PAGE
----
• Insert images at the current cursor position: Right now, one usually needs cut and paste to move them to their correct place, because the are always inserted at the top.
    • Smart quotes, smart apostrophes: "smart" turns into “smart” and don't turns into don’t. This would be awfully nice to have, especially if it was configurable for different languages.


    • Tables: WYSIWYG editing for tables would be very useful.
    • Nested bullet lists: While nested bullet lists can be overdone, they are necessary, especially for shorter posts that need to be scanned quickly. Indenting an item via tab, outdenting it via shift-tab is how this is typically done.
    • Paragraph styles: pre, headings. pre is especially cumbersome when done directly in HTML, as the “Compose” editor changes pre content in unexpected ways (removes spaces etc.). It is an essential feature when writing about source code. Headings are relatively simple when adding them in HTML (you need to start at h4), but should still be GUI-accessible.
    • Breaking up long posts: Often it is nice to initially show a brief introduction and then continue into the full blog post by following a link. For feeds, having control over where content is broken up is handy, too.
    • Captions for images: With
      figure and legend
      in HTML 5, there will soon be standard markup for this. Blogger can already prepare for this by supporting captions now.
    • Special symbols: →, ⇒ and © come to mind, but there are many others that should be simple to insert.
    • Spoilers: Hiding text and revealing it only on demand is a nice feature for quizzes and such. A work-around is to draw text in white. Then one needs to select it to see it.


    • Special HTML characters: are handled strangely in round trips between “Compose” to “Edit Html”. Sometimes they are escaped, but brackets are not escaped when going from WYSIWYG to HTML and thus cause problems when going back. If one manually escapes angle brackets in HTML, the HTML entities are escaped and show up as ugly HTML code in WYSIWYG mode.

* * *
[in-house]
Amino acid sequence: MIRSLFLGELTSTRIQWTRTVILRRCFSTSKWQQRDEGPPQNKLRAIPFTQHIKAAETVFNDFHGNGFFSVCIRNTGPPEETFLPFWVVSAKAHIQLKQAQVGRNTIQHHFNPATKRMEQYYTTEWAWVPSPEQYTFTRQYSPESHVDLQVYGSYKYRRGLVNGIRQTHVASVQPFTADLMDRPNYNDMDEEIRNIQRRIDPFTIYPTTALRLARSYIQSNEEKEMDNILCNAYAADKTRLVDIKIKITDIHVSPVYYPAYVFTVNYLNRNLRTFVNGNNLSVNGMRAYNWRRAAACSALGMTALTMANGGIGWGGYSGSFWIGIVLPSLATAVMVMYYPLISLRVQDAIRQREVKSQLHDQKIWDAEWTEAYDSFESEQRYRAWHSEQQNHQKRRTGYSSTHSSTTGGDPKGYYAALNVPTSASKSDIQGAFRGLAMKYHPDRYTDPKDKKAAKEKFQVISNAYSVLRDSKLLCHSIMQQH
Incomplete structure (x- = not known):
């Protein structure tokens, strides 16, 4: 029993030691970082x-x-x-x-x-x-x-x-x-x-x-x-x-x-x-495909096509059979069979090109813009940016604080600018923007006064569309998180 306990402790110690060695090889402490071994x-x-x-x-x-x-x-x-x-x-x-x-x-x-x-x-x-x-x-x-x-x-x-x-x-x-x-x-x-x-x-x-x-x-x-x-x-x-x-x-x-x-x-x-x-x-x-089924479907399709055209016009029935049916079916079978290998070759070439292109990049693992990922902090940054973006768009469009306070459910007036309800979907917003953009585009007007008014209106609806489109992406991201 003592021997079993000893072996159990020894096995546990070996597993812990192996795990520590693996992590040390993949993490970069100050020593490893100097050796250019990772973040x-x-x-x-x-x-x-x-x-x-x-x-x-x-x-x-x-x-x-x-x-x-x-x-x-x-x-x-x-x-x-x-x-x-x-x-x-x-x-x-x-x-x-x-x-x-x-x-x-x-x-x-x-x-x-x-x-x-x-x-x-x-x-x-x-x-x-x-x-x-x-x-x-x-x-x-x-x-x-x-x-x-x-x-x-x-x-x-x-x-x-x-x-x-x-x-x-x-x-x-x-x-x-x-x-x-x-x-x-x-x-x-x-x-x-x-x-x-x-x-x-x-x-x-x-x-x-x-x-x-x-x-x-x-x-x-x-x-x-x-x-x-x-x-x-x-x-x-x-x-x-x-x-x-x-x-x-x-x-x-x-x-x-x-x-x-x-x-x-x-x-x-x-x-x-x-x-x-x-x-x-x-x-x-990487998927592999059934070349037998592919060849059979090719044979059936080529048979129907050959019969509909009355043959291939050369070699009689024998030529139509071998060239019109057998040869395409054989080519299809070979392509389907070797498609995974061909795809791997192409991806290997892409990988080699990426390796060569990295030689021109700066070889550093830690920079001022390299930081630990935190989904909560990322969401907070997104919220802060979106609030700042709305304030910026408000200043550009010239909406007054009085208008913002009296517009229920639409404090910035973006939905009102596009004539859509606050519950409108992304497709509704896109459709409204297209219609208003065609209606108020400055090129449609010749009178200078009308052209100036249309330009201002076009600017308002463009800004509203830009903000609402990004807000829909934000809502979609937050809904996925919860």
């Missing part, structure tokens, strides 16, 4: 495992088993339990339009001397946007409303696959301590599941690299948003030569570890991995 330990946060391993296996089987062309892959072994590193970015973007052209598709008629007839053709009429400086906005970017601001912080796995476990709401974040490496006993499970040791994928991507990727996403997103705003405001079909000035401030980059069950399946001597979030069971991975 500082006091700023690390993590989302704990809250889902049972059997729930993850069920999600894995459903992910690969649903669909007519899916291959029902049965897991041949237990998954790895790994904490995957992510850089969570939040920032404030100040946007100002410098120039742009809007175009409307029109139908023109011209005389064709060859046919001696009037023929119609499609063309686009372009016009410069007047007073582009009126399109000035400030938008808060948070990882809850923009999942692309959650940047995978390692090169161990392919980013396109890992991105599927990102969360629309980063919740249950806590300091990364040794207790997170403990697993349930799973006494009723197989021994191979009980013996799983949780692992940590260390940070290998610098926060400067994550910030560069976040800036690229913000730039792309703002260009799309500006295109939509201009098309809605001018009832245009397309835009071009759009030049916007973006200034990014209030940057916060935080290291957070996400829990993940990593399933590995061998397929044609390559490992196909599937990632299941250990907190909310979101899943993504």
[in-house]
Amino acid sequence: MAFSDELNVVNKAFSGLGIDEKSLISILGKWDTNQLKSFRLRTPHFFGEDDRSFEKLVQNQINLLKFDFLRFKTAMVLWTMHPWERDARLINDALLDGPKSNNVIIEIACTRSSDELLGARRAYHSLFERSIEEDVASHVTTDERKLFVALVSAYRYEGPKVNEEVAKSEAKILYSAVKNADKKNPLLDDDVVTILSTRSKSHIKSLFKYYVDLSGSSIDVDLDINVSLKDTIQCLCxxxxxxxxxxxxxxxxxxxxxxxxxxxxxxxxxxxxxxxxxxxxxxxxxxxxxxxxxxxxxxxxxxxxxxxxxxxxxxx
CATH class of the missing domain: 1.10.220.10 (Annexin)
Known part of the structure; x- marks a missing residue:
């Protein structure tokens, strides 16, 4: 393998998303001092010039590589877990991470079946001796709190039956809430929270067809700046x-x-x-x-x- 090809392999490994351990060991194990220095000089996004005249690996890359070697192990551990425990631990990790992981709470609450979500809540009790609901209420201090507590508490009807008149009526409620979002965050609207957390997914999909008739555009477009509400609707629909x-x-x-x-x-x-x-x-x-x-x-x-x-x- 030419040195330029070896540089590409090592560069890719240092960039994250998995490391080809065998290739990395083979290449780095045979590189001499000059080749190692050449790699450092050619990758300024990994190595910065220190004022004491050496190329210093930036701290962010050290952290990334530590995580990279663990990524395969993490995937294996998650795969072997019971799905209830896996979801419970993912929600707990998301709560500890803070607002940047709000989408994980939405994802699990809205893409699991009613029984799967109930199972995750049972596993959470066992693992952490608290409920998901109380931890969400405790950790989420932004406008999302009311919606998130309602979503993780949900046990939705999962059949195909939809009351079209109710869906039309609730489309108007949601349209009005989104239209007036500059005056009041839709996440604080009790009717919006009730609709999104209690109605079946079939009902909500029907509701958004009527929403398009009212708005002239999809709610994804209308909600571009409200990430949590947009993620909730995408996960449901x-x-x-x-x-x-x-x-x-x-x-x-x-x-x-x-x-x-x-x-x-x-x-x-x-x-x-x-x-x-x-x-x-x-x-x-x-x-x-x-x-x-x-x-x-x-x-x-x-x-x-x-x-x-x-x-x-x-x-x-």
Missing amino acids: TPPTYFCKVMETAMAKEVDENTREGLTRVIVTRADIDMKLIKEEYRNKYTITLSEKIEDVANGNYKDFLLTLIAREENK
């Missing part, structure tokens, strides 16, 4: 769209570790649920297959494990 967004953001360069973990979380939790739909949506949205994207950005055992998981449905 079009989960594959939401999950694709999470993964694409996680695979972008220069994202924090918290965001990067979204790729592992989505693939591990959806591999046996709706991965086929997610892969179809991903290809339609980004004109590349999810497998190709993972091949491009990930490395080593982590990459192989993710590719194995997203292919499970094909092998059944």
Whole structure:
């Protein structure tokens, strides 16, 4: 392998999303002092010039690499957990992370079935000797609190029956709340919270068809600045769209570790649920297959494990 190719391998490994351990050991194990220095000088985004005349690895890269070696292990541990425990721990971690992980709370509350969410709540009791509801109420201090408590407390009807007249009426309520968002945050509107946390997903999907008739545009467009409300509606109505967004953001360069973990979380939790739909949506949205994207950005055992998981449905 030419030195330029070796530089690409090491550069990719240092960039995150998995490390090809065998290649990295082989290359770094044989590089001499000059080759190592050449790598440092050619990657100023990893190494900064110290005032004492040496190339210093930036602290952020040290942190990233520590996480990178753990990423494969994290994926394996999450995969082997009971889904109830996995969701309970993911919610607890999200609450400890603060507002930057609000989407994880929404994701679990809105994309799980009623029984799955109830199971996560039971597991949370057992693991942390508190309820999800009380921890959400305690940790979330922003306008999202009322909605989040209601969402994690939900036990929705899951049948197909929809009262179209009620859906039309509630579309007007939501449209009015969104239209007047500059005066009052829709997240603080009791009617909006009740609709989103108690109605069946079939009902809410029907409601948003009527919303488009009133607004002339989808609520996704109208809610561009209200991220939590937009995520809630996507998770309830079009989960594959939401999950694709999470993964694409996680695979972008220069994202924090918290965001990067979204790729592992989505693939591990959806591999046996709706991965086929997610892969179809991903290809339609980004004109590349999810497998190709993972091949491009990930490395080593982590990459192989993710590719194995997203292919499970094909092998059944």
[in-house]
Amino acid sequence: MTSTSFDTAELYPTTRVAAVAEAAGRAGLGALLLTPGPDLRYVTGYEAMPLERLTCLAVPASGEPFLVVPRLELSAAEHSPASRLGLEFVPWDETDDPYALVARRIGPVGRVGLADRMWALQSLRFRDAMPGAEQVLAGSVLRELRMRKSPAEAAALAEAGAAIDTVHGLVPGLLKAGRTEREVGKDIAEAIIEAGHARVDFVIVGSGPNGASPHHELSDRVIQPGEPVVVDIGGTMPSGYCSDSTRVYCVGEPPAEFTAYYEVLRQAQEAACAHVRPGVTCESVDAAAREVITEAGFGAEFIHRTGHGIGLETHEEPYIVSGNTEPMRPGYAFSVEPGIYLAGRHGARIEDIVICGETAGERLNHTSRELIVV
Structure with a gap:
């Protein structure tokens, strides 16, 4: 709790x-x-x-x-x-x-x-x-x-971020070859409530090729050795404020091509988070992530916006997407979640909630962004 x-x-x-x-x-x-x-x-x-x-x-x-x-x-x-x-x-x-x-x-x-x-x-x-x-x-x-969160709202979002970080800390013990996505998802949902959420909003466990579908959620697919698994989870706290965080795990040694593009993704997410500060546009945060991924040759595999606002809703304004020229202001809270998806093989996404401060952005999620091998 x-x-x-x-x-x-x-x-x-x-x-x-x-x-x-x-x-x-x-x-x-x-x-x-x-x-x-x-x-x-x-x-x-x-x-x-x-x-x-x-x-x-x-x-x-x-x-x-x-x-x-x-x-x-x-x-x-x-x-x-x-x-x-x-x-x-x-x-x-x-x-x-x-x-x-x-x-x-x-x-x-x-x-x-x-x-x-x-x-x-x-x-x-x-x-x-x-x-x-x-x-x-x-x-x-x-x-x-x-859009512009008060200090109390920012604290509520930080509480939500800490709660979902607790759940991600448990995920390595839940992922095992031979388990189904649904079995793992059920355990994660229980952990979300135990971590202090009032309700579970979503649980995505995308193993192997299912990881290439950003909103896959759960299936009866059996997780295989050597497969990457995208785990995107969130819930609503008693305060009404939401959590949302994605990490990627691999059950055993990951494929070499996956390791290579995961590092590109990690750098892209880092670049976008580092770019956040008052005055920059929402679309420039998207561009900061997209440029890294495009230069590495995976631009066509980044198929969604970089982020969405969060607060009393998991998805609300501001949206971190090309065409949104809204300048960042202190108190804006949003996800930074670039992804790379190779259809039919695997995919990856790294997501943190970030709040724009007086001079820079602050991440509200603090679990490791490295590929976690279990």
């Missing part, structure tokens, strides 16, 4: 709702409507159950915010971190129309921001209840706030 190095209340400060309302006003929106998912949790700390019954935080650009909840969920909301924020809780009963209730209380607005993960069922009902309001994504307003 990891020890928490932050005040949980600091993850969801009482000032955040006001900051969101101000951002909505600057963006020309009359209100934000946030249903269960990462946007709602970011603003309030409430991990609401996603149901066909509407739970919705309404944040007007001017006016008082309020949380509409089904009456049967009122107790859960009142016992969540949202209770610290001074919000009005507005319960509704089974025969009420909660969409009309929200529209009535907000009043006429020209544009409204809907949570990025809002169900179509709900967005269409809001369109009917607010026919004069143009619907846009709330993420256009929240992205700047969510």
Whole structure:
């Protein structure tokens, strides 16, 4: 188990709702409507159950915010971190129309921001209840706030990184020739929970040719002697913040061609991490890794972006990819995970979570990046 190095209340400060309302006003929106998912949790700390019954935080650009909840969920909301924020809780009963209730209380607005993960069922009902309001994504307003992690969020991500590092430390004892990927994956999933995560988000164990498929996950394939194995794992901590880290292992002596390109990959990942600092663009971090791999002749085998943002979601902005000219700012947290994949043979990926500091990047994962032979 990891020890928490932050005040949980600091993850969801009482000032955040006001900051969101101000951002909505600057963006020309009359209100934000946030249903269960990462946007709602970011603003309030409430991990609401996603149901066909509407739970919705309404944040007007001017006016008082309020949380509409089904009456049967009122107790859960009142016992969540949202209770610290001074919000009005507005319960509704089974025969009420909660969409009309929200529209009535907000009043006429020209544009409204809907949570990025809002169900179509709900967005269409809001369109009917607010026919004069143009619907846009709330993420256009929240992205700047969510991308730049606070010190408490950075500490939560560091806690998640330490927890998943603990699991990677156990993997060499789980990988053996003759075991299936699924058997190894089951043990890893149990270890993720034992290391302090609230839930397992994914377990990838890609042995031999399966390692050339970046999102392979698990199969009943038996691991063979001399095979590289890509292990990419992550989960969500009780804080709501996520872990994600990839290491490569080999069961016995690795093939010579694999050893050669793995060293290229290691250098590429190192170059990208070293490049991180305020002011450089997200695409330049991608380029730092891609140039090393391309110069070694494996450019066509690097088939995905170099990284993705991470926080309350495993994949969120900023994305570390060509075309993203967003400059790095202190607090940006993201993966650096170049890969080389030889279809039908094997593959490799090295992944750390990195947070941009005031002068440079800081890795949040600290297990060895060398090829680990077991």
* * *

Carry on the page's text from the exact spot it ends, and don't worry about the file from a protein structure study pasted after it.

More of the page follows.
Five cool features of Eclipse 3.5

    (1) Block selection mode: works for cut, copy, and paste. (2) Go to the implementation of an interface method (control-click/command-click). (3) Better completion of inner interface implementations: When completing an interface such as Runnable, stubs for the methods are created immediately (instead of on demand, via a quick fix, as a second step).
       public static void main(String[] args) {
           new Runnable() {
               public void run() {
                   // TODO Auto-generated method stub
    (4) “Invert if” quick fix (when the cursor is on the “if” keyword). Turns
       public static void main(String[] args) {
          if (args.length == 0) {
              System.out.println("Need at least one argument.");
          } else {
       if (args.length != 0) {
      } else {
          System.out.println("Need at least one argument.");
    (5) Improved systrace for inner classes. Completing the word “systrace” inserts a system.out.println() with the name of the current method (if you do println debugging, you’ll always find where the printing happens). Prior to 3.5, this did not work well for inner classes. This has been fixed:
       public static void main(String[] args) {
          new Runnable() {
              public void run() {
                          .println("SidebarPanel.main(...).new Runnable() {...}.run()");
    [Source of (2) and (4): Philip Mayer]


    Likes and dislikes about Eclipse E4

    Update 2009-08-22: discovered Java2Script, added an item about it below.

    E4 is the next generation of the Eclipse Rich Client Platform and brings numerous improvements in a bid to stay relevant as a platform. In this post, I’ll first summarize what I have already written on E4 and then make several suggestions as to where I think E4 should be heading. It is an extended version of a comment I added to the artice “Eclipse has a future” which explains what E4 is and how it improves on prior versions. The author finishes with the sentence “I really am psyched!” (regarding Eclipse’s future). I share that excitement, especially after I found out that Eclipse is looking at all kinds of technologies (RAP, Flex, Dojo) for web-enablement.

    What happened so far

    First, a recap of what I’ve already blogged about E4 (directly or indirectly), listed in chronological order:

    More suggestions

    Next, I’ll mention the main things I would tell the Eclipse team were I ever to communicate with them directly. Due to developing Hyena and Facetator, I have experience with the following platforms: Dojo, GWT, Eclipse RCP, jQuery. This puts my in a good position to judge were Eclipse wants to go.